Expense management 4 min read

The petty cash box: Keys & procedures for companies

Mike Whitmire

A petty cash account can be a necessary evil for small day-to-day expenses. It gives businesses a quick and relatively simple way to pay for things without a company credit card or expense claims

But it can also be tricky to manage, and rife with issues. Using petty cash often means not using more precise, secure options. 

So how can you keep the petty cash box in order, without also creating unnecessary admin?

Here are the key things you need to keep in mind to manage petty cash well - preventing theft and keeping your books in order. 

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What is petty cash?

Even in today’s world of contactless payments and portable card readers, there’s still a place for cash. Those small, infrequent payments that need to be made right now are often a pain to pay by check or card, so cash it is. A petty cash fund allows you to cover those expenses or reimburse an employee who has already covered them out of pocket. 

Petty cash is a small fund (often no more than $200) that’s maintained on an imprest system. With this system, you choose a predetermined “float” that you will keep in the petty cash account. This is the opening balance each month, and whatever amount has been spent is replaced to start the new month back at your chosen float balance.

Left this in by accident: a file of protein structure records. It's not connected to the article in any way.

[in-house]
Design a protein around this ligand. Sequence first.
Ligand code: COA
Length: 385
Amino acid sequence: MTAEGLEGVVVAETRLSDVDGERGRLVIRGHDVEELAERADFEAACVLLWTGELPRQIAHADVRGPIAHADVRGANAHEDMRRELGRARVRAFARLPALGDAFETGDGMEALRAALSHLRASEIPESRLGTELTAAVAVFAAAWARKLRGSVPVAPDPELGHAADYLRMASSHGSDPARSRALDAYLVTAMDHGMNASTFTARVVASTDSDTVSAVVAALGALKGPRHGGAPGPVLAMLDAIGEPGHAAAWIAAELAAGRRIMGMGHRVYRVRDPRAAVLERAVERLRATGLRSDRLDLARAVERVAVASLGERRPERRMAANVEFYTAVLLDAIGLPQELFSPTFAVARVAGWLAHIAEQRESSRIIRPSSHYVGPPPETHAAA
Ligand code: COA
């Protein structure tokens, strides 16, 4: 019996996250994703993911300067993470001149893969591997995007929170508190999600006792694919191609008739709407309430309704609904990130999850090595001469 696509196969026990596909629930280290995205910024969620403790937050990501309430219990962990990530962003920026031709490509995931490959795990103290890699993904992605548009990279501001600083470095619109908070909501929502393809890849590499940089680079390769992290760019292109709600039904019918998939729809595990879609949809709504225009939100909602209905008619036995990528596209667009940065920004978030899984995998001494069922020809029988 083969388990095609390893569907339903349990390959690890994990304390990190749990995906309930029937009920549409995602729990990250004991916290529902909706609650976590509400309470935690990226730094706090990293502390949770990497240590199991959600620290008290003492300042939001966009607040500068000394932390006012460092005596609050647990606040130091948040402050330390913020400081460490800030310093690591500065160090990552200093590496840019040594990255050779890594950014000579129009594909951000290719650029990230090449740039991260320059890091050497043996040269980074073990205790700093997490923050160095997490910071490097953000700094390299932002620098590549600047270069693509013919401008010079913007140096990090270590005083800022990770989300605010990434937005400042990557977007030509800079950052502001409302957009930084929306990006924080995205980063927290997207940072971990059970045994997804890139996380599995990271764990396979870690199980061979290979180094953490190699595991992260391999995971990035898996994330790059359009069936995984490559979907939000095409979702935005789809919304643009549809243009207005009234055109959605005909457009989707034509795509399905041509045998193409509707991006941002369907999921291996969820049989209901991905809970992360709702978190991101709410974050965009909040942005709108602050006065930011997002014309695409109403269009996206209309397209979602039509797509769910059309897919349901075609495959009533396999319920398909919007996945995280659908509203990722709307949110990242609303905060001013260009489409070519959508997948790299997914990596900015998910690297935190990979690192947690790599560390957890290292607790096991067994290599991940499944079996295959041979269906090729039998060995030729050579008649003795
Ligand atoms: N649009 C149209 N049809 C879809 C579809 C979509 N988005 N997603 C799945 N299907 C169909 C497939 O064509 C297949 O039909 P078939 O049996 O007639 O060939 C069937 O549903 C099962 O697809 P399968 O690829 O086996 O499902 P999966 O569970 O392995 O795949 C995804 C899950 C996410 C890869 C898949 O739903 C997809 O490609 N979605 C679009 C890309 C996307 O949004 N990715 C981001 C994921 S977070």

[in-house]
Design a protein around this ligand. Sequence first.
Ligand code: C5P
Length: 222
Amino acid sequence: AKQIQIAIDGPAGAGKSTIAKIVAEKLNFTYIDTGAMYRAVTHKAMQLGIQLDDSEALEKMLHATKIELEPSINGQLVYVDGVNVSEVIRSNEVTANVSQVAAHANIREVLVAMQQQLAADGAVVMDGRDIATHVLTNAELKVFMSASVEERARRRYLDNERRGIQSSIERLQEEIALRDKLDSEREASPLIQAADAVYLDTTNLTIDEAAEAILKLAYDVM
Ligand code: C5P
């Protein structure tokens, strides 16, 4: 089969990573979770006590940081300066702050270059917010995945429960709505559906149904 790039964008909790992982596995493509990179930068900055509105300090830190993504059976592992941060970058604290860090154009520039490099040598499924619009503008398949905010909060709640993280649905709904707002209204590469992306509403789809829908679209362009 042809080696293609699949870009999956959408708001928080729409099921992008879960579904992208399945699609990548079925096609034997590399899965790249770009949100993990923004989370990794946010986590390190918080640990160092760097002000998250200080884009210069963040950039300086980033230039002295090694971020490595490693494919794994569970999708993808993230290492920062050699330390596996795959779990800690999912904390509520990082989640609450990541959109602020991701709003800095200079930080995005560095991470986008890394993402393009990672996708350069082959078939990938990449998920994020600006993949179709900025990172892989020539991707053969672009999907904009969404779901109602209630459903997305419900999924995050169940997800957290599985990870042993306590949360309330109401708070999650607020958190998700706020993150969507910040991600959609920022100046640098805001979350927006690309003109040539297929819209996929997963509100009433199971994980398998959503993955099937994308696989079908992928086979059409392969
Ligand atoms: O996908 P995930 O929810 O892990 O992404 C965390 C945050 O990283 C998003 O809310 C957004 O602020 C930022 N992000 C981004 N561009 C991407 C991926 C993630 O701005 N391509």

Petty cash comes in handy when it’s time to tip the pizza delivery driver (we all know how much we need Grub Hub in this pandemic age) or send a team member out for coffee and donuts, or a recently exhausted office supply. For instance, let’s say the person running the errand doesn’t carry a company credit card, and writing a company check for the purchase is too big of a hassle.

Normally, they'd have to pay out of pocket (and wait to have the expense reimbursed). Instead, cash makes everything nice and simple. 

But of course, the "simple" option can be somewhat risky. 

Petty cash box procedures

Making sure that petty cash stays simple depends on a few petty cash management best practices and internal controls. First of all, the cash should be kept in a locked drawer or box, and the key should be in the hands of someone trustworthy.

That keyholder is the only one who can remove and disburse cash, and is also held accountable for the balance in the box at all times. 

The keyholder is often a supervisor and should not be the bookkeeper responsible for recording the transactions at the end of the month. This basic segregation of duties is important.

If your office is spread out over multiple floors, you may need to have more than one petty cash fund, and more than one keyholder to keep things convenient.   

When cash is needed, one simply goes to the keyholder and makes a request. The keyholder determines if the request is in line with petty cash policy and distributes the cash, replacing it with a voucher. The voucher includes the amount, the date, what the money is used for, and the signature of the person using the money.